Monday, October 21, 2013

My DNA Ethnicity Estimates

I finally received my new and improved DNA ethnicity estimates from
This particular test looks at autosomal DNA from a saliva sample. Autosomal DNA is the 22 pairs of chromosomes we inherit from our parents, one set from our mother and one set from our father. They do not include those that determine sex, the X or Y chromosomes. If I test other members of the family in addition to my own testing, I can determine which segments have been inherited from whom. So if my brother were to take the test, through comparing our results, I might be able to determine which parts of DNA I didn’t inherit from my parents and which he did.  That would also hold true if I tested my parents, aunts and uncles; I could determine which parts of DNA I didn’t inherit from my grandparents.  It’s important to realize that this DNA test only reflects what I’ve inherited from my parents; it doesn’t reflect the entire potential DNA that exists in my ancestral line.

In general, my results seem to fall in line with what I already know about my family. They show that by far the greatest percentage of my genes is from Eastern Europe. A typical Eastern European native born in this region today has 82% of their genes from here. My DNA reflects 65% of genes from this area, which is actually within the range of the DNA of a typical native. This makes sense to me since both of my maternal grandparents are from Poland; the surnames Chrzanowski and Dabrowski have long roots in this region. Instead of being half-Polish, I guess I’m more like 2/3 Polish.
The other influences reflected in my DNA show a mixture of ethnicities: 17% from Great Britain, 13% from Scandinavia and 1% each from Western Europe region and Italy/Greece region. I think this must come from my paternal grandparents. My family history research is revealing my Conklin, Lent, and Outhouse surnames to be of Dutch origin. The Passtoor and Kolb surnames have Germanic origins, and the Baisley and Lamb surnames, whose origins are yet unknown, are likely from England via Scandinavia. History tells us early Scandinavians, or those who we call the Vikings, invaded England (among other places) and some settled there, so maybe I have some of that Viking DNA in me.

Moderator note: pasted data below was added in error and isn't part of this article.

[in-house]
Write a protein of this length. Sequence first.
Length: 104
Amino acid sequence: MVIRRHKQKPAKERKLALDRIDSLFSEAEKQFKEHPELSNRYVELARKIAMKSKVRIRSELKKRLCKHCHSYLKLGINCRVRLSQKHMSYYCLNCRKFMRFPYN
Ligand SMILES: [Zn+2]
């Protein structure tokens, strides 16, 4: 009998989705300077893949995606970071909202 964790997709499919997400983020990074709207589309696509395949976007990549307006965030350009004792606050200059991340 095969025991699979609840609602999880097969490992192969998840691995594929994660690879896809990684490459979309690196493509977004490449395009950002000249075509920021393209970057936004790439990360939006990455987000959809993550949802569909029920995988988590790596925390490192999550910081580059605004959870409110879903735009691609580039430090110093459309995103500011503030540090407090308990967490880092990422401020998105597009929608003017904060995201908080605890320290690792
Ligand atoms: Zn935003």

The remaining bits reflect traces of Finnish/Northern Russia, North African and Irish DNA. The migration of people into North Africa is perhaps from Arabic and Moorish conquests, and it’s likely they brought slaves from other regions with them as they migrated. This could be the source of that less than one percent of DNA. Whether it is from the paternal or maternal side, I don’t know; however it’s likely that the Finnish or Northern Russian traces are from the distant ancestors of my Polish relatives. The biggest surprise was to find I have minute traces of Irish ancestry. None of my research reflects any Irish relatives, but I would guess it’s from the paternal line because of the cornucopia of ethnicities—but I’m glad I can celebrate Saint Patrick’s Day legitimately next year!
Besides learning about my ethnicities, the whole other point of taking the DNA testing was to connect with cousins. Although others have reported receiving a large number of matches where they can determine a common ancestor, I haven’t been so lucky. So far, I’ve only had one meaningful match where we share a common 2nd great-grandfather. This has been disappointing. So now I’m weighing the option of asking more relatives to test or upload my data to another company in hopes of connecting with more cousins.
What do you think? Is DNA testing worth it?

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